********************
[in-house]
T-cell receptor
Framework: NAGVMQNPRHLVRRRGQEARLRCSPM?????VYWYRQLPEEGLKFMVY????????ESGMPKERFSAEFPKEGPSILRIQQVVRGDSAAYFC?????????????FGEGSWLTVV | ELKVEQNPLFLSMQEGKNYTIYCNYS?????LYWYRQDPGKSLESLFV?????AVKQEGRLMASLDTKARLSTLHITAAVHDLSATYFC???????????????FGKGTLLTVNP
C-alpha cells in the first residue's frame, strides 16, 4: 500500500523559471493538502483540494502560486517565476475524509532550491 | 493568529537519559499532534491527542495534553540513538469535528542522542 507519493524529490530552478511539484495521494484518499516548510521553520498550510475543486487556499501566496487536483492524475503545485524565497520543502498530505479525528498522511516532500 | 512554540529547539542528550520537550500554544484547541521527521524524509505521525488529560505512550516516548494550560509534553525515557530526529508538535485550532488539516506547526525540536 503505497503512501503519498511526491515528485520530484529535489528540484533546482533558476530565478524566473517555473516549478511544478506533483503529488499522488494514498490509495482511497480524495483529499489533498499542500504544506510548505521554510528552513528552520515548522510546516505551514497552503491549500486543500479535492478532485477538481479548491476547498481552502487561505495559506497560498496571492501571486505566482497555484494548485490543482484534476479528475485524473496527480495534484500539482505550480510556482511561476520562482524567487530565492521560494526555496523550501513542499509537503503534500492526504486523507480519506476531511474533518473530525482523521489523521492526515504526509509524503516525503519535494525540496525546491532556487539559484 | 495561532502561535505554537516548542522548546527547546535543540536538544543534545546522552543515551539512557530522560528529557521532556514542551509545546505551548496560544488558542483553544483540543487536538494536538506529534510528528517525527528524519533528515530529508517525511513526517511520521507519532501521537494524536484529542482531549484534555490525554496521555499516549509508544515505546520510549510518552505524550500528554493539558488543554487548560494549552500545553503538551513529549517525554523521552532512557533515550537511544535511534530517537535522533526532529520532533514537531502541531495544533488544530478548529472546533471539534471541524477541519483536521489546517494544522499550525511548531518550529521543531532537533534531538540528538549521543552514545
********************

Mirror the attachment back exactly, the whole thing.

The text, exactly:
[in-house]
T-cell receptor
Framework: NAGVMQNPRHLVRRRGQEARLRCSPM?????VYWYRQLPEEGLKFMVY????????ESGMPKERFSAEFPKEGPSILRIQQVVRGDSAAYFC?????????????FGEGSWLTVV | ELKVEQNPLFLSMQEGKNYTIYCNYS?????LYWYRQDPGKSLESLFV?????AVKQEGRLMASLDTKARLSTLHITAAVHDLSATYFC???????????????FGKGTLLTVNP
C-alpha cells in the first residue's frame, strides 16, 4: 500500500523559471493538502483540494502560486517565476475524509532550491 | 493568529537519559499532534491527542495534553540513538469535528542522542 507519493524529490530552478511539484495521494484518499516548510521553520498550510475543486487556499501566496487536483492524475503545485524565497520543502498530505479525528498522511516532500 | 512554540529547539542528550520537550500554544484547541521527521524524509505521525488529560505512550516516548494550560509534553525515557530526529508538535485550532488539516506547526525540536 503505497503512501503519498511526491515528485520530484529535489528540484533546482533558476530565478524566473517555473516549478511544478506533483503529488499522488494514498490509495482511497480524495483529499489533498499542500504544506510548505521554510528552513528552520515548522510546516505551514497552503491549500486543500479535492478532485477538481479548491476547498481552502487561505495559506497560498496571492501571486505566482497555484494548485490543482484534476479528475485524473496527480495534484500539482505550480510556482511561476520562482524567487530565492521560494526555496523550501513542499509537503503534500492526504486523507480519506476531511474533518473530525482523521489523521492526515504526509509524503516525503519535494525540496525546491532556487539559484 | 495561532502561535505554537516548542522548546527547546535543540536538544543534545546522552543515551539512557530522560528529557521532556514542551509545546505551548496560544488558542483553544483540543487536538494536538506529534510528528517525527528524519533528515530529508517525511513526517511520521507519532501521537494524536484529542482531549484534555490525554496521555499516549509508544515505546520510549510518552505524550500528554493539558488543554487548560494549552500545553503538551513529549517525554523521552532512557533515550537511544535511534530517537535522533526532529520532533514537531502541531495544533488544530478548529472546533471539534471541524477541519483536521489546517494544522499550525511548531518550529521543531532537533534531538540528538549521543552514545